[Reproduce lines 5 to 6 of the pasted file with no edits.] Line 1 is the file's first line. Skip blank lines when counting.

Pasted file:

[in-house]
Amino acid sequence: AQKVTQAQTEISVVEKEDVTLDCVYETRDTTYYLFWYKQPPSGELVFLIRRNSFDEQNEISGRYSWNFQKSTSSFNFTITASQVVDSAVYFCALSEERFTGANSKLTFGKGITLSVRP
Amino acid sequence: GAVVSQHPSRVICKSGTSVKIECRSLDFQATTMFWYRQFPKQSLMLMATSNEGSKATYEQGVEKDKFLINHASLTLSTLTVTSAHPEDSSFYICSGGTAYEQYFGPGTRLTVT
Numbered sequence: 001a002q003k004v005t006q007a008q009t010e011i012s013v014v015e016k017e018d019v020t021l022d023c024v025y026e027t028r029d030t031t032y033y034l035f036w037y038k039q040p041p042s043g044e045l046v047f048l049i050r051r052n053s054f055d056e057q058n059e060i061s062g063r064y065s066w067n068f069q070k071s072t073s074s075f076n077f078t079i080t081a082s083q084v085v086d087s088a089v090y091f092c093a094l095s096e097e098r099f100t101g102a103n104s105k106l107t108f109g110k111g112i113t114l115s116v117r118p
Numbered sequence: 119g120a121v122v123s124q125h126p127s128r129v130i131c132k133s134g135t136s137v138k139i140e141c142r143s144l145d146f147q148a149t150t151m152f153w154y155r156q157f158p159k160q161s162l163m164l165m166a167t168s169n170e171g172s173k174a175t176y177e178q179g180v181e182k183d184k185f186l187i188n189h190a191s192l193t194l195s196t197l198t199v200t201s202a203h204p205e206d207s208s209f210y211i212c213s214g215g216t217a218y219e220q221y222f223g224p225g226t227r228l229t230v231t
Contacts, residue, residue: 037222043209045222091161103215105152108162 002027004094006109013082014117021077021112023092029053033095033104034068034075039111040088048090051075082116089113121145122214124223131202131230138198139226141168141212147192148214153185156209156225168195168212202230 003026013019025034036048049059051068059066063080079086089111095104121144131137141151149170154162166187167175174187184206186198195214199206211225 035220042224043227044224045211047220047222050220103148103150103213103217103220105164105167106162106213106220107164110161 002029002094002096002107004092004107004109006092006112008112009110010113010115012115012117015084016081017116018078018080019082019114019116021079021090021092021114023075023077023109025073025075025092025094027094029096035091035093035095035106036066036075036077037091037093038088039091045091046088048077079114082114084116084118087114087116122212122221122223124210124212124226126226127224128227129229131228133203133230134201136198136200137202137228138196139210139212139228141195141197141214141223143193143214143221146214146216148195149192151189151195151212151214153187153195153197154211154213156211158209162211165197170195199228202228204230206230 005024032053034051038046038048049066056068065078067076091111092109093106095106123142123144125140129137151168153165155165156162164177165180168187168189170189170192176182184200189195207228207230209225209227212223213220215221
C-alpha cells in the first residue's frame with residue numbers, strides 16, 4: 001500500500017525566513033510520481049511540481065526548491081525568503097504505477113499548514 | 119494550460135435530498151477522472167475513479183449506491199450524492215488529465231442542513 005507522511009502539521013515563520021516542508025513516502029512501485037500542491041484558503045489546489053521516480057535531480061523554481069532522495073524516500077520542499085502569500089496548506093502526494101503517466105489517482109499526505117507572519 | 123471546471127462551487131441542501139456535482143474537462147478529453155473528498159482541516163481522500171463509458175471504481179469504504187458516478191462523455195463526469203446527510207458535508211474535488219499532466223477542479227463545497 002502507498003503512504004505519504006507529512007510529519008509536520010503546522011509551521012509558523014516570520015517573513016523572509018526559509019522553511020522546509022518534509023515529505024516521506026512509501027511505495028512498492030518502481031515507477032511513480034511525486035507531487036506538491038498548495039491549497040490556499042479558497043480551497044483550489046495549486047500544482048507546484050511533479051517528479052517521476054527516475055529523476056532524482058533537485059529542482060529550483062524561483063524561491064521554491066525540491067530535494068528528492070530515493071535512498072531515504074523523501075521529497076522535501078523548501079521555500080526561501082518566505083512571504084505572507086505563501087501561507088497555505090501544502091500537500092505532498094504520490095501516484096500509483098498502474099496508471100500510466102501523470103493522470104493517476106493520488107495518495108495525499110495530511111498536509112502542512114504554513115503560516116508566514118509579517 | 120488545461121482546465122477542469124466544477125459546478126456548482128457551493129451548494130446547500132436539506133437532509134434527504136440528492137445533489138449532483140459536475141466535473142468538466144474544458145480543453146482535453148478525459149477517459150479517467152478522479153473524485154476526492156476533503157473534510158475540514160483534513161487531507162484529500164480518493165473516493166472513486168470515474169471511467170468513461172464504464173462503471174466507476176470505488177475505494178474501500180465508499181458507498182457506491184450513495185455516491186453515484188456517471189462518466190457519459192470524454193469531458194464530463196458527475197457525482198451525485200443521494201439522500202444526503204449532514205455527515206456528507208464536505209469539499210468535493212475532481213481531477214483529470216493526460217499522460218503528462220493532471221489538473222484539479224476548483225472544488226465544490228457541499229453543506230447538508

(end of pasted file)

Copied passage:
Numbered sequence: 119g120a121v122v123s124q125h126p127s128r129v130i131c132k133s134g135t136s137v138k139i140e141c142r143s144l145d146f147q148a149t150t151m152f153w154y155r156q157f158p159k160q161s162l163m164l165m166a167t168s169n170e171g172s173k174a175t176y177e178q179g180v181e182k183d184k185f186l187i188n189h190a191s192l193t194l195s196t197l198t199v200t201s202a203h204p205e206d207s208s209f210y211i212c213s214g215g216t217a218y219e220q221y222f223g224p225g226t227r228l229t230v231t
Contacts, residue, residue: 037222043209045222091161103215105152108162 002027004094006109013082014117021077021112023092029053033095033104034068034075039111040088048090051075082116089113121145122214124223131202131230138198139226141168141212147192148214153185156209156225168195168212202230 003026013019025034036048049059051068059066063080079086089111095104121144131137141151149170154162166187167175174187184206186198195214199206211225 035220042224043227044224045211047220047222050220103148103150103213103217103220105164105167106162106213106220107164110161 002029002094002096002107004092004107004109006092006112008112009110010113010115012115012117015084016081017116018078018080019082019114019116021079021090021092021114023075023077023109025073025075025092025094027094029096035091035093035095035106036066036075036077037091037093038088039091045091046088048077079114082114084116084118087114087116122212122221122223124210124212124226126226127224128227129229131228133203133230134201136198136200137202137228138196139210139212139228141195141197141214141223143193143214143221146214146216148195149192151189151195151212151214153187153195153197154211154213156211158209162211165197170195199228202228204230206230 005024032053034051038046038048049066056068065078067076091111092109093106095106123142123144125140129137151168153165155165156162164177165180168187168189170189170192176182184200189195207228207230209225209227212223213220215221